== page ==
Faith of Our Fathers - lesbian, gay and bisexual teachers' attitudes towards the teaching of religion in Irish denominational primary schools

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dc.contributor.author Fahie, Declan
dc.date.accessioned 2018-04-13T12:21:49Z
dc.date.available 2018-04-13T12:21:49Z
dc.date.copyright 2017 Taylor & Francis en
dc.date.issued 2017-03-02
dc.identifier.citation Irish Educational Studies en
dc.identifier.uri http://hdl.handle.net/10197/9326
dc.description.abstract Owing to a variety of complex historical and socio-cultural factors, the Irish education system remains heavily influenced by denominational mores and values [Ferriter, D. 2012. Occasions of Sin: Sex & Society in Modern Ireland. London: Profile Books], particularly those of the Roman Catholic Church [O’Toole, B. 2015. “1831–2014: An Opportunity to Get it Right This Time? Some Thoughts on the Current Debate on Patronage and Religious Education in Irish Primary in Primary Schools: Reflections from the Republic of Ireland.” Irish Educational Studies 34 (1): 89–102. doi:10.1080/03323315.2015.1010704; Faas, D., M. Darmody, and B. Sokolowska. 2016. “Religious Diversity in Primary Schools: Reflections from the Republic of Ireland.” British Journal of Religious Education 38 (1): 83–98]. Unsurprisingly, with the declaration by the Church that homosexuality was ‘intrinsically disordered’ [Libreria Edittrice Vaticana. 2003. “Roman Catholic Catechism.” Accessed January 18 2013. http://www.vatican.va/archive/ccc_css/archive/catechism/p3s2c2a6.htm], the professional identity and practice of lesbian, gay and bisexual (LGB) teachers working in denominational schools is often (in)formed by fear, as well as perceived, or actual, harassment and discrimination [Gowran, S. 2004. “The Experiences of Gay and Lesbian Teachers in Irish Schools.” In Primary Voices, edited by J. Deegan, D. Devine, and A. Lodge, 37–56. Dublin: IPA; Fahie, D. 2016. “‘Spectacularly Exposed and Vulnerable’ – How Irish Equality Legislation Subverted the Personal and Professional Security of Lesbian, Gay and Bisexual Teachers.” Sexualities]. This paper examines the lived-experience of 23 self-identified LGB teachers who work(ed) in Irish Roman Catholic primary schools. Their unique experiences and perspectives of faith-based schooling are examined against a backdrop of the complex processes of rationalisation and reflexivity these teachers undertake as they endeavour to reconcile their sense of personal integrity – as members of the LGB community – with their professional responsibilities. The study draws particular attention to those LGB teachers who hold deeply felt, and sincere, beliefs in the teachings of the Roman Catholic Church but who, nonetheless, express a level of discomfort at the language and tone of church dogma in respect of minority sexualities. en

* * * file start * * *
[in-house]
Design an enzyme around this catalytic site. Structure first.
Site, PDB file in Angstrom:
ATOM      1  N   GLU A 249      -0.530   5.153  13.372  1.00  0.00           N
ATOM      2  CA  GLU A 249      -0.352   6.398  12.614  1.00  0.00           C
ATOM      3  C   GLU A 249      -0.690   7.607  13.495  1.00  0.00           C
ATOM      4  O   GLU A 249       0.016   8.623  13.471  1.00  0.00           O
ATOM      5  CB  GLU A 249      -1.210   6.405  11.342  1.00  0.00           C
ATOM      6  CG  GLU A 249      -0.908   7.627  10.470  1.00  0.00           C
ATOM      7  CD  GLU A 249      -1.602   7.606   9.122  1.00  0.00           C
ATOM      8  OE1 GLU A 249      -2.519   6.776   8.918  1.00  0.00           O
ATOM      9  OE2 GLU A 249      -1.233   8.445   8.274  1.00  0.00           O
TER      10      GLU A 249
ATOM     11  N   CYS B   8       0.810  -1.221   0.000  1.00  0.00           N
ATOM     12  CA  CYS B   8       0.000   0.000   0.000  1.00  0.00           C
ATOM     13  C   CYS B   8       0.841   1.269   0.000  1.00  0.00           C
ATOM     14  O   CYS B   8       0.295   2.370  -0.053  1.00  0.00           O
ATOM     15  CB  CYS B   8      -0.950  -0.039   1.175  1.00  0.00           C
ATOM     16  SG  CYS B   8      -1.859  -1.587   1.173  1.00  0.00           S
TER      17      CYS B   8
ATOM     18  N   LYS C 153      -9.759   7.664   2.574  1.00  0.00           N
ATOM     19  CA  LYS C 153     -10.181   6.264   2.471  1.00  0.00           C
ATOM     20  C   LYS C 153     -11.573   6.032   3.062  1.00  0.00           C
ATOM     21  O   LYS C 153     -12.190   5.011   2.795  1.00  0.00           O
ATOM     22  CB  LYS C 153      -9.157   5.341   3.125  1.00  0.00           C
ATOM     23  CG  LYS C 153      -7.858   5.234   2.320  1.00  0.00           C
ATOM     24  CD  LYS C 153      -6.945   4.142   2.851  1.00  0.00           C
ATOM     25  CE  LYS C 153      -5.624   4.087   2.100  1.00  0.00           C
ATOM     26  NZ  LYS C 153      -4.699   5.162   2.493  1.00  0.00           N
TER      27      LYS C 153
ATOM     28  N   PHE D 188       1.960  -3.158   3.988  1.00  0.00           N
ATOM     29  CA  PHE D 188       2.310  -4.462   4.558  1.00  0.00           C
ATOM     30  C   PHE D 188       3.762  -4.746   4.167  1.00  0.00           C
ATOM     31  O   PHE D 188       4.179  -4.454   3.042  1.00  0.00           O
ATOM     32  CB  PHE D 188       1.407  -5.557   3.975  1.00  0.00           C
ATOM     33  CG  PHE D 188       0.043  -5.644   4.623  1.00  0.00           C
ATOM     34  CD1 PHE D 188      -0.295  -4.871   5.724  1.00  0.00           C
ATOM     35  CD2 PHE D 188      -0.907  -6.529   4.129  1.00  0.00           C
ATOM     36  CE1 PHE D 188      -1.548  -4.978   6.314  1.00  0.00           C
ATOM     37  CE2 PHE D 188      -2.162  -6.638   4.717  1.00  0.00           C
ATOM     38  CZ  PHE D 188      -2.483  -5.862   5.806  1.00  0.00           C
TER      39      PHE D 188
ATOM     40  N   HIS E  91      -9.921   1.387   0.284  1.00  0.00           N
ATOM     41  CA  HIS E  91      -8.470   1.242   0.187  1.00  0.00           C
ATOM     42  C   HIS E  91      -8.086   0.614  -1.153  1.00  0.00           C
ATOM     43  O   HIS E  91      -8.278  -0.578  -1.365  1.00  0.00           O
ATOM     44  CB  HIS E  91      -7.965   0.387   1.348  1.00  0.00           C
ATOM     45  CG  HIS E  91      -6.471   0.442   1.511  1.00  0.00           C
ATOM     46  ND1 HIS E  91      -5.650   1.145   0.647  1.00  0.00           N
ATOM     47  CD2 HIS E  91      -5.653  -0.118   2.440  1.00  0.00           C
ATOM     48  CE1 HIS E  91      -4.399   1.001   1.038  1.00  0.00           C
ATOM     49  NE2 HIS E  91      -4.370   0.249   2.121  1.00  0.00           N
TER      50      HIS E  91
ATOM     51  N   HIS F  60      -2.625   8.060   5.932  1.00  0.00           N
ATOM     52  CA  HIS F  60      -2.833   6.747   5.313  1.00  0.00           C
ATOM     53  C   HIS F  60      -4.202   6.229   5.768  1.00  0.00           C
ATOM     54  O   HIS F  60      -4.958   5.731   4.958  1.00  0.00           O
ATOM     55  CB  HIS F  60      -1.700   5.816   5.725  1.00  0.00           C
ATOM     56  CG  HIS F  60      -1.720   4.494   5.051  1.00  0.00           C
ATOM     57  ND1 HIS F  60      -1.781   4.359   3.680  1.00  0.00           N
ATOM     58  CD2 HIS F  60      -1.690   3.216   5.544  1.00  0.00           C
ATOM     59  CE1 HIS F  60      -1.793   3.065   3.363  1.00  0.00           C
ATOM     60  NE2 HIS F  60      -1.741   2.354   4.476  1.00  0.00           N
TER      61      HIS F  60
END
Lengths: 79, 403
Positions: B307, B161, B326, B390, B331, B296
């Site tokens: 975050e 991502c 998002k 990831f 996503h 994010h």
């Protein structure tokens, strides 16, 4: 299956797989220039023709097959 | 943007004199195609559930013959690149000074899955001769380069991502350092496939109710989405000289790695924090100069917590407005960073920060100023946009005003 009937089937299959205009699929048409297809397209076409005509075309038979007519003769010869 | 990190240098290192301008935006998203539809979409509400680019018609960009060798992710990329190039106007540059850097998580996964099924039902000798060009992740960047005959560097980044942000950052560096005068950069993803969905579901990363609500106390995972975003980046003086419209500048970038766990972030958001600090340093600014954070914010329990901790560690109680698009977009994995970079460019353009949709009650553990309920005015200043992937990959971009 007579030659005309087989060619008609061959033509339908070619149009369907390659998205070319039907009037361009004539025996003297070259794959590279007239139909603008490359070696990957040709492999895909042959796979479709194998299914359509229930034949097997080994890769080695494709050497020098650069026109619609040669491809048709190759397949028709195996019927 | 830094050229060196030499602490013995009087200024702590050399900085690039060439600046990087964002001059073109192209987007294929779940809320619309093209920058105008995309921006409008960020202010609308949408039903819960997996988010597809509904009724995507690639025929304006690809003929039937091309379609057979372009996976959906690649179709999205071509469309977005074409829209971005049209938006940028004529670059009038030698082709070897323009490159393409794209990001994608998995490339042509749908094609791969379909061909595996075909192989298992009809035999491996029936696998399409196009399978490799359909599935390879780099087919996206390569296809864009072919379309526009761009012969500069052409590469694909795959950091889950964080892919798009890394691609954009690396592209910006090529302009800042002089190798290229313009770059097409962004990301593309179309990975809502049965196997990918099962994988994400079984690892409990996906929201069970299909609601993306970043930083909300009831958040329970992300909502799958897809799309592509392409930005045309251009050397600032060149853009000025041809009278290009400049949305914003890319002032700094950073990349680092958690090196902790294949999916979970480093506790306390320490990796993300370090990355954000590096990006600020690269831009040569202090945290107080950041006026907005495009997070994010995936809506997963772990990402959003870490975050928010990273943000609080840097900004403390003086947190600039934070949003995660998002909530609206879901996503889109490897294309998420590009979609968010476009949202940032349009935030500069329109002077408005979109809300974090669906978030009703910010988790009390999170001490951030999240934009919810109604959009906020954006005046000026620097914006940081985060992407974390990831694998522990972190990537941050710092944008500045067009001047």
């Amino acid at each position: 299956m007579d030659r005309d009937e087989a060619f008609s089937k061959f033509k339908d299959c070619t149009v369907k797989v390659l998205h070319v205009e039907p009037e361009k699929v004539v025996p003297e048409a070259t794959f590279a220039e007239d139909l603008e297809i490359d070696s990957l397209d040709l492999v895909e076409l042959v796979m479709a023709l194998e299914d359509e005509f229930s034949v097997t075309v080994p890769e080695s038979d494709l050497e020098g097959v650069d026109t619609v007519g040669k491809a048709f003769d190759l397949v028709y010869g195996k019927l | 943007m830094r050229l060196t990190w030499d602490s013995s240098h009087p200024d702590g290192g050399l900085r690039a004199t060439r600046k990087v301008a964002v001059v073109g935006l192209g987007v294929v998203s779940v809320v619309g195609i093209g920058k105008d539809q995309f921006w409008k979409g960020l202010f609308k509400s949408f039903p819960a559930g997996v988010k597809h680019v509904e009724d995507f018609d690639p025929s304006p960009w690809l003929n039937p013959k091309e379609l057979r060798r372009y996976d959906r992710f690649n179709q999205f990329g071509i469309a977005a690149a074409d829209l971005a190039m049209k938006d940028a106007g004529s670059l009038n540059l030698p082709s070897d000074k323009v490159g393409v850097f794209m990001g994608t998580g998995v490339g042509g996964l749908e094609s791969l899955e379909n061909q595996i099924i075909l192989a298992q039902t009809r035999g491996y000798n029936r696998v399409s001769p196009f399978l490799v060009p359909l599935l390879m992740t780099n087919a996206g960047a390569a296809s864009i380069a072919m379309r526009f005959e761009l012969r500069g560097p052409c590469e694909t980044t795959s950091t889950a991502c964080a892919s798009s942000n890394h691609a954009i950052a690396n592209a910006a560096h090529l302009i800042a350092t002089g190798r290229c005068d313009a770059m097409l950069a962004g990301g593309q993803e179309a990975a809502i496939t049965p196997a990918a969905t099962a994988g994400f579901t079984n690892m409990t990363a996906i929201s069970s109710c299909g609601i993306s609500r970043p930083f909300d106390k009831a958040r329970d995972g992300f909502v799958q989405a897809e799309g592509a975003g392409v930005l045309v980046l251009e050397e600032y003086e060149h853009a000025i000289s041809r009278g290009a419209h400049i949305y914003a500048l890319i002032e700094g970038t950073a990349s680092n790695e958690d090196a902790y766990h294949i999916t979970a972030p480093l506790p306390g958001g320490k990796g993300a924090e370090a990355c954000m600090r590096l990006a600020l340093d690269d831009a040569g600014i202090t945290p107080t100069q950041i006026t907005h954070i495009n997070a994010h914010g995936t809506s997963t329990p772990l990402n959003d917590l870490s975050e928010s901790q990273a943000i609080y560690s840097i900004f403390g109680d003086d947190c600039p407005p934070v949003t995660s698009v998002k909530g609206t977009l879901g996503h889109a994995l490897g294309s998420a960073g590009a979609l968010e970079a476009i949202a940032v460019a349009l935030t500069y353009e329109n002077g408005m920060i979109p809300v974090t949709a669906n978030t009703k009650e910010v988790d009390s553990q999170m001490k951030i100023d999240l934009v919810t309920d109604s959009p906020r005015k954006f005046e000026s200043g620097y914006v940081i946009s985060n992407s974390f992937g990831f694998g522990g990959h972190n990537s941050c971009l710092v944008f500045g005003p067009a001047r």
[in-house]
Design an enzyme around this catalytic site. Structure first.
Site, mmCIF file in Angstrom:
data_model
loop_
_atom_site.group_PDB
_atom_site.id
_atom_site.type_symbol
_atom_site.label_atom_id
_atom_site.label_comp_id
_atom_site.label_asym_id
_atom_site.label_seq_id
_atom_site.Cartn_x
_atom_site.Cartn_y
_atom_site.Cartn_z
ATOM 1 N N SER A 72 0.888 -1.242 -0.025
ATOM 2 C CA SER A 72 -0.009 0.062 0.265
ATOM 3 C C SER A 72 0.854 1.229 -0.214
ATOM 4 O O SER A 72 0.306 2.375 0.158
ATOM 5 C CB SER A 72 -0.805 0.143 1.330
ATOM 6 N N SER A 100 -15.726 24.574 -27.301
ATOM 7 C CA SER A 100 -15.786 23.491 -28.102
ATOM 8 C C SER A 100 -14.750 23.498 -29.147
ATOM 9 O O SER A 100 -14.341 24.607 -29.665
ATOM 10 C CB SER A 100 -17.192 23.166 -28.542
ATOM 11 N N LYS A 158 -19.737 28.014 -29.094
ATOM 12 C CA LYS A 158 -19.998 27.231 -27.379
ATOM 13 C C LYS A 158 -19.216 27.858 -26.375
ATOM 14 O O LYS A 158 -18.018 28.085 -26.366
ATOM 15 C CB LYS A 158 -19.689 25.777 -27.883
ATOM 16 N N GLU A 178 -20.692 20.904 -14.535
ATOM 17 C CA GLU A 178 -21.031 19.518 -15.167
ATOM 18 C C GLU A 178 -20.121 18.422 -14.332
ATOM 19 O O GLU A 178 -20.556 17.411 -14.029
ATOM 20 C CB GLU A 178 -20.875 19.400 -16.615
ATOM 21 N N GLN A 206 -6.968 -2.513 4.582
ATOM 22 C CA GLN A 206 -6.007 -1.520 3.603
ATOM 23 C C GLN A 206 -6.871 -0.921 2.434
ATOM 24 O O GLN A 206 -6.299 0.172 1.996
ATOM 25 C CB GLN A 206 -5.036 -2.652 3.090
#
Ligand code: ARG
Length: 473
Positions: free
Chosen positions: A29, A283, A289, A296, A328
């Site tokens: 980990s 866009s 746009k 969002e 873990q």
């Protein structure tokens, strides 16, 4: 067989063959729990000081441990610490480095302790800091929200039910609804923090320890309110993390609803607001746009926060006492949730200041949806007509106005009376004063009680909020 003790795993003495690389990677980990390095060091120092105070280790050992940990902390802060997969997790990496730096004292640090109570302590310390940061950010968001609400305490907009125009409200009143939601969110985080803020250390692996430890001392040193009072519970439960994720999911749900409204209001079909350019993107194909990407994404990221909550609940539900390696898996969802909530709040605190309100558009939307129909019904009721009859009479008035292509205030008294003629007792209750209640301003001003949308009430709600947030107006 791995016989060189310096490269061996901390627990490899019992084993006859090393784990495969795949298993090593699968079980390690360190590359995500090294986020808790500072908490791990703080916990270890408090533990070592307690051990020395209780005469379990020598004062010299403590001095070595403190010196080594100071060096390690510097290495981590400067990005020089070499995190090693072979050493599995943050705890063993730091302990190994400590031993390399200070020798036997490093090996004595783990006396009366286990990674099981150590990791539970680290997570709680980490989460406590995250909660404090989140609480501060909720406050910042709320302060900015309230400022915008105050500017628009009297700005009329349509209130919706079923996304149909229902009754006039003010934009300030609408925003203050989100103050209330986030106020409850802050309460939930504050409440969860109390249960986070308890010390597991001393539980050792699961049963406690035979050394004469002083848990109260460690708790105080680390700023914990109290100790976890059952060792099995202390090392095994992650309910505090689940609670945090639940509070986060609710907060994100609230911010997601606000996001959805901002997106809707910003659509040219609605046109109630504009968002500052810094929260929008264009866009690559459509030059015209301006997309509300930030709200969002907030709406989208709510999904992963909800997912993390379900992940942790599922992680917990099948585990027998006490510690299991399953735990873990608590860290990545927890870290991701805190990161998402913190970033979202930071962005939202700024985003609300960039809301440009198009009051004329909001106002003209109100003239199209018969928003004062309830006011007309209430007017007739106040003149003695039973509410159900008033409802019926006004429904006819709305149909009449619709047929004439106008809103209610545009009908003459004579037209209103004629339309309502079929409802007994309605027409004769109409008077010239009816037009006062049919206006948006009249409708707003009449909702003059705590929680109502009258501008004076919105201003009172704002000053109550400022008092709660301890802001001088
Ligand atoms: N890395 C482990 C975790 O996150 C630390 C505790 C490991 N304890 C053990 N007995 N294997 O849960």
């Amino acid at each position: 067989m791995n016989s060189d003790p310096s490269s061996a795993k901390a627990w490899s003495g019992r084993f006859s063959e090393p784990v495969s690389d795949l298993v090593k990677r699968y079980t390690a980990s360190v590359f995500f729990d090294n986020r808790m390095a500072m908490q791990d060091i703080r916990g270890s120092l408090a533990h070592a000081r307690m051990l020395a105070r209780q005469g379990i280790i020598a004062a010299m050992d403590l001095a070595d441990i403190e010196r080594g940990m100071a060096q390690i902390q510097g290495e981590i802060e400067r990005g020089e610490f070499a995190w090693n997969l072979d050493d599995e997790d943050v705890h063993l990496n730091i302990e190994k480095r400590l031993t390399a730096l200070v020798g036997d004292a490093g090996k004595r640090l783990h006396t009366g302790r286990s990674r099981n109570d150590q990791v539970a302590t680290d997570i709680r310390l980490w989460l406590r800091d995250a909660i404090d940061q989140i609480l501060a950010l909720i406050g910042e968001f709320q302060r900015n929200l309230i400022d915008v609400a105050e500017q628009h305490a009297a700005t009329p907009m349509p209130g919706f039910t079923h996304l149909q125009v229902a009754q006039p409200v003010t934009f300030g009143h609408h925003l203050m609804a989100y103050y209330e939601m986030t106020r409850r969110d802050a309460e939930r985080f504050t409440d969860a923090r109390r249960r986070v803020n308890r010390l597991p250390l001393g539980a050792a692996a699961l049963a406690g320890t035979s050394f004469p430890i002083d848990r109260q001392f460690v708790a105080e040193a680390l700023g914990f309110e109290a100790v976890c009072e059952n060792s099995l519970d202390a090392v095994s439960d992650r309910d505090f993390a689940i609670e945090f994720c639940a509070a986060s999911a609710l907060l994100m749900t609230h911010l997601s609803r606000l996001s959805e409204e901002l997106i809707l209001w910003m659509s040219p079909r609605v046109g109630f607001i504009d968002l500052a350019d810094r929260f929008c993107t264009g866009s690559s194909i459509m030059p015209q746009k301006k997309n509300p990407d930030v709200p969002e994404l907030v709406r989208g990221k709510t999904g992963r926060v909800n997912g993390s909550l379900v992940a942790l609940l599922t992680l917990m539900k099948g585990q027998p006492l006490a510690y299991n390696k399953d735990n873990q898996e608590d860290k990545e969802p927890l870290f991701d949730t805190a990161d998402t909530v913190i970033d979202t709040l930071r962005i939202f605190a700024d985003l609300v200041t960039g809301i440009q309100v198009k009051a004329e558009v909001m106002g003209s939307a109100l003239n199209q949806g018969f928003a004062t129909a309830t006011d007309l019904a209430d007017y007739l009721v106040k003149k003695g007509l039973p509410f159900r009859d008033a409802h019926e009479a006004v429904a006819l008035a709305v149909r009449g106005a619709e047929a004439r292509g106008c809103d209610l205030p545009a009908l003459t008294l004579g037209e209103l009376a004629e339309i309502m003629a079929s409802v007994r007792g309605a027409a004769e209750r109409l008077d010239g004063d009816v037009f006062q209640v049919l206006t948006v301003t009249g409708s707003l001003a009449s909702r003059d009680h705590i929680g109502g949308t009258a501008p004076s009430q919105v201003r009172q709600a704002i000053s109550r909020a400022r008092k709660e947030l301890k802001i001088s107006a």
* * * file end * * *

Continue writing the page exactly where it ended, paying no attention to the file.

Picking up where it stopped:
dc.language.iso en en
dc.publisher Taylor & Francis en
dc.rights This is an electronic version of an article published in Fahie, D. Faith of our fathers – lesbian, gay and bisexual teachers’ attitudes towards the teaching of religion in Irish denominational primary schools. Irish Educational Studies 36 (1). Irish Educational Studies is available online at: www.tandfonline.com/doi/abs/10.1080/03323315.2017.1289700 en
dc.subject Sexuality en
dc.subject Teachers en
dc.subject Religion en
dc.subject Denominational education en
dc.title Faith of Our Fathers - lesbian, gay and bisexual teachers' attitudes towards the teaching of religion in Irish denominational primary schools en
dc.type Journal Article en
dc.internal.authorcontactother declan.fahie@ucd.ie
dc.status Peer reviewed en
dc.identifier.volume 36 en
dc.identifier.issue 1 en
dc.neeo.contributor Fahie|Declan|aut|
dc.internal.rmsid 799055520
dc.date.updated 2017-09-01T15:23:11Z


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